As I slurped my soup and scratched down notes we of course got to talking about Our Life in Art. Reminiscing about her time on The Sopranos, Danielle was talking about the show's quality, a word that came up a lot in this conversation. The show was a huge success for a reason: much time, effort and thought went into making it. One episode would take three weeks. The writers had full creative control. Actors were hired more for talent than name. "And then, imitations {ie, with none of these practices} fail - and they wonder why!" We clinked our glasses and nodded in agreement on this, I think, fundamental point in the artistic life -- that creative AND business decisions made from the HEART are wise, that time and effort and attention result in quality, and that mass production and the bottom line can (CAN) be a project's downfall. Danielle has often been encouraged to market her biscotti, for example, to big box stores, lowering the price point to reach as many people as possible. She has resisted, holding out for "quality, integrity, and the passing on of tradition". It's just sensible, she says; it makes better cookies.

I had a vision of a bag of Biscotti diVecchio looking at me from the warehouse bins at CostCo and shuddered, picking up my soup spoon and applying it to my note pad.

Danielle is currently working in theatre/TV/film and the business is no longer a matter of survival but a labor of love (and secondary income). She still does most of the hands-on work, though she has hired one baker (found through the Artisan Baking Center). Her first and most pressing question: "Do you LIKE baking?" (He said yes.)

Ok, now the Important Stuff:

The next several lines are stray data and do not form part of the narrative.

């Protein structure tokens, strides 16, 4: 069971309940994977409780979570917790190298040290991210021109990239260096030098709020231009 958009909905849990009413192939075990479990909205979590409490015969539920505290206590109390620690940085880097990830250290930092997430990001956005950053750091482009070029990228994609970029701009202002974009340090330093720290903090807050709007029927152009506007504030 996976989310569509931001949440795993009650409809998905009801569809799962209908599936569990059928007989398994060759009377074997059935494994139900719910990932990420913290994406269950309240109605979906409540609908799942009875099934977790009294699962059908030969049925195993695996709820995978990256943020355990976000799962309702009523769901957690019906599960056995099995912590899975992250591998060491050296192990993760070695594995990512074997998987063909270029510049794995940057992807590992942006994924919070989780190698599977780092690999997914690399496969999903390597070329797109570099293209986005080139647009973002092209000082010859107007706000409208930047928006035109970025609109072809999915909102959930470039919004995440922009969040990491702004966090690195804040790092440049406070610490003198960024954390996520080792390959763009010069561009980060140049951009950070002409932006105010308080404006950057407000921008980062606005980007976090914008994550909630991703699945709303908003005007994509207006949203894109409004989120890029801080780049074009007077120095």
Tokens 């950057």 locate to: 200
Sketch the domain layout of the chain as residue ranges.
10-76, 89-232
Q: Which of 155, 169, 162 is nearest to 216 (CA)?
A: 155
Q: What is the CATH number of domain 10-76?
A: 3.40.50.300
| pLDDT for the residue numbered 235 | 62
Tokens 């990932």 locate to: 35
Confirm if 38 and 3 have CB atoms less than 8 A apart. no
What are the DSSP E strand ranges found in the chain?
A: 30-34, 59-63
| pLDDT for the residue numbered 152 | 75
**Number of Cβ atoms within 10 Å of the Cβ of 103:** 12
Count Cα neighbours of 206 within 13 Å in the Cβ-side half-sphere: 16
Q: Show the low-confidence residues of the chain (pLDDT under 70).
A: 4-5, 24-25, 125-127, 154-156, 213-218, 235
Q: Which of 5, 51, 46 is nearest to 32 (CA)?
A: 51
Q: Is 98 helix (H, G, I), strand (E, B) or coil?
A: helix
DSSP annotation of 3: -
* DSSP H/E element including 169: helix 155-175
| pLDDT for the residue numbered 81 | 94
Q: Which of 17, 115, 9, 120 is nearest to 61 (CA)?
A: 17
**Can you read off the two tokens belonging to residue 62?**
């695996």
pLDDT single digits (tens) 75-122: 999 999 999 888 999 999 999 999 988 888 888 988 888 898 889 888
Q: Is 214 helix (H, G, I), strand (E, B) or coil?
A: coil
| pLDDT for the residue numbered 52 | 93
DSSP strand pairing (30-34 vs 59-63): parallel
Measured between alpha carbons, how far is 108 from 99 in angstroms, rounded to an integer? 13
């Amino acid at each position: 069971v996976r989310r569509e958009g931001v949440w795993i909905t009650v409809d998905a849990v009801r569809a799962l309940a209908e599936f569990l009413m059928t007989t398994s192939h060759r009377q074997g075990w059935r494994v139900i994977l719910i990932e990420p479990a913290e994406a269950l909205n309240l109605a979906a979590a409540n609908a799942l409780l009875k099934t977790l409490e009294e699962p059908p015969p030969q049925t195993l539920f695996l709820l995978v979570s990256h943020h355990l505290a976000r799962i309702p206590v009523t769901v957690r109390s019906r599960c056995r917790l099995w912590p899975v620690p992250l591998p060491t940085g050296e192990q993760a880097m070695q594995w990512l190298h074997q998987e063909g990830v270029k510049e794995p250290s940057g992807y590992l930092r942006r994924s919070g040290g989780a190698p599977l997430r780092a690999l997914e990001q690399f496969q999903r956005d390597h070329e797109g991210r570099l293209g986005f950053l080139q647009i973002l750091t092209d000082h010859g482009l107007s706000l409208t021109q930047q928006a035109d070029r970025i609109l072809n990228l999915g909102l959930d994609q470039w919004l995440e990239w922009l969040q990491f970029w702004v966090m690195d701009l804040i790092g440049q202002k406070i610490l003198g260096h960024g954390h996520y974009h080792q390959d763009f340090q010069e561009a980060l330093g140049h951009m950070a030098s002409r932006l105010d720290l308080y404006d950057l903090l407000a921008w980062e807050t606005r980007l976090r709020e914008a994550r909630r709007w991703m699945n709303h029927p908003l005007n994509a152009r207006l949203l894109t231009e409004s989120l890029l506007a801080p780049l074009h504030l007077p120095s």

* Where can I get me some Biscotti diVecchio?
Note the THANKSGIVING SPECIAL if you order before 11/18/09!!
Also @ the specialty store DOMUS in Hell's Kitchen and on the Rum & Blackbird NYC Tasting Tours

* What kinda Biscotti di Vecchio?
Sweet flavors: Pistachio Chocolate Chunk, Cranberry Orange Zest, Toasted Almond, White Chocolate Macadamia Nut, and the very popular Cayenne Cherry Chocolate Chunk.
Savories: Sun Dried Tomato, Basil & Cheddar, Black Pepper Asiago Parmesan, Rosemary Thyme Walnut.
Upcoming: bags of finely ground crumbs ('which make a great alternative cheesecake crust') and bags of the leftover 'ends' ('which are great crumbled over ice cream').

* The Mouse Asks - Where should we eat in your neighborhood?
In Hell's Kitchen, Danielle likes Cara Mia for Italian; Pam Real for Thai and El Centro for Mexican.

* The Mouse Asks - What flavor biscotti is best for stress eating?
Cayenne Cherry Chocolate Chunk. (Duh.)

After her most recent Biscotti diVecchio email blast, Danielle received a call from a well-known casting agent who she happened to know personally. "Well hello", she said, "So you're calling to order some biscotti?" A small pause on the other end, then: "Well, yes ... But also, there's this play..."

That's what we're talking about.

The Boo

I'll leave you with this truly creative recipe for panzanelle (italian bread salad) which uses savory Biscotti diVecchio as the base. !!! Buon Appetito.


Anonymous said...

.....and I can't even say that you haven't tasted my biscotti because I know you have! Oh well, I guess my cookies can't always be the best...
:-( so sad for arnie. haha

MBS said...

"First I'll just say that I know Danielle from our work together on the play LILA CANTE, in which she played the hardass-who-just-wants-to-be-loved record exec and during which she fed me and our castmates bags of the hard-but-still-can-be-chewed-best biscotti I've ever had."

I agree with everything EXCEPT the "just-wants-to-be-loved" part - NINA doesn't want to be loved, she wants to be respected and acknowledged.

Damn fine biscottis though.


The Playwright.

Anonymous said...

Anyone know mandel brote? My mom use to make this magniicent cousin to biscotti. And if anyone has a recipe for same I'd love to compare ingredients. Placing my orders for many of these marvelous sounding varieties. Great writing from to ladies btw. A pleasure. Always get more than chat. Sometimes even poetry always lively keepemcomin'

annie said...